Because Danish pension funds used to guaranteed a minimum investment return of up to 4.5 percent, the current market conditions of low interest rates and increases in longevity poses a challenge through proper risk management to honor future liabilities. Given the limited literature in the specific area of with-profit schemes, papers investigating assetliability management models relevant to public pensions and defined benefit schemes have encouraged the study of with-profit schemes in a Danish perspective. With the introduction of Solvency II, to increase the capital requirements and reduce the probability of default, the pension funds are expected to accumulate a larger amount of capital to keep the funding ratio above one. While asset-liability management models can be used to stochastically model the future shocks of the economy, the objective of it can very significantly, with the purpose of this paper being a maximization of collective bonus potential through comparing four different portfolio theories. One of the difficulties of estimating an asset-liability management model, to achieve a correct assessment of the future shocks to the economy, through the use of stochastic models such as Vasicek and Geometric Brownian Motion, is the sensitivity to the selected time horizon of available data. To understand the influencing factors and the level of sensitivity to the asset-liability management model, a practical working model within the Danish pension sector is constructed by applying a set of realistic assumption. The output shed lights on how different portfolio theories maximize the collective bonus potential, while assessing how it is influenced by shocking or adjusting of the variables of the model. Through a comparison between the four portfolio theories proposed, the Sortino ratio is discovered to outperform the tangency portfolio in the constructed default model, while the minimum variance portfolio outperform the risk parity in providing the lowest variance. By reducing the level of the risk-based constraint imposed by Solvency II, the probability of default increases from 0 to 5-10 percent. To reduce the exposure, the implications of a of risk factors are discussed, suggesting a focus driven by shortfall risk and heding instrument. In conclusion, the asset-liability management model proves to be a superior risk management tool, for the continued use in the Danish pension market.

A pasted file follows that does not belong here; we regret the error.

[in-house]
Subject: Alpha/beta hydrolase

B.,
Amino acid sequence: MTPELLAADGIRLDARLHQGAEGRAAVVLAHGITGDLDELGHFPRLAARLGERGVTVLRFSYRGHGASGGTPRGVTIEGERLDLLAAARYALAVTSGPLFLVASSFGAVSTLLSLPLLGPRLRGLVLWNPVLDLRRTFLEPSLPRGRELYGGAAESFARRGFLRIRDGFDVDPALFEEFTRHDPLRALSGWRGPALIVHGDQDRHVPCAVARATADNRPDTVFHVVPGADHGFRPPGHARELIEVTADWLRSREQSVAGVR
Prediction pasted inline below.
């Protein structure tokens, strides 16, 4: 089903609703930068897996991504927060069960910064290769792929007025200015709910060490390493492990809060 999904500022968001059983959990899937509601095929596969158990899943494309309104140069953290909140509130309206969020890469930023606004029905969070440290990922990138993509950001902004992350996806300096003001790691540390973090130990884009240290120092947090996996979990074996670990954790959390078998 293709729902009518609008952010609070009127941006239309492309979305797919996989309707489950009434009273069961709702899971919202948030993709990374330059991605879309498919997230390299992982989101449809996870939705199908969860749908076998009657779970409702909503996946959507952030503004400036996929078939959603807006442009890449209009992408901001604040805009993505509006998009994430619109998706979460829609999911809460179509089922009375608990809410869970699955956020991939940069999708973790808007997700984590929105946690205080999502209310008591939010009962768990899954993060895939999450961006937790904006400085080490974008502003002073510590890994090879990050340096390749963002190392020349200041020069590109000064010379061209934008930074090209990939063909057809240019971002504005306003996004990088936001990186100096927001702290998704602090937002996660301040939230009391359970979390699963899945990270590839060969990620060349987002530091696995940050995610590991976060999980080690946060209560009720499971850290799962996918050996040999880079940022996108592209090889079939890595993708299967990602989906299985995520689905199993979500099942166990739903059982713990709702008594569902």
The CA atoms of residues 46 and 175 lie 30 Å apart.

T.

|Uddannelser||Cand.merc.fin Finance and Investments, (Kandidatuddannelse) Afsluttende afhandling|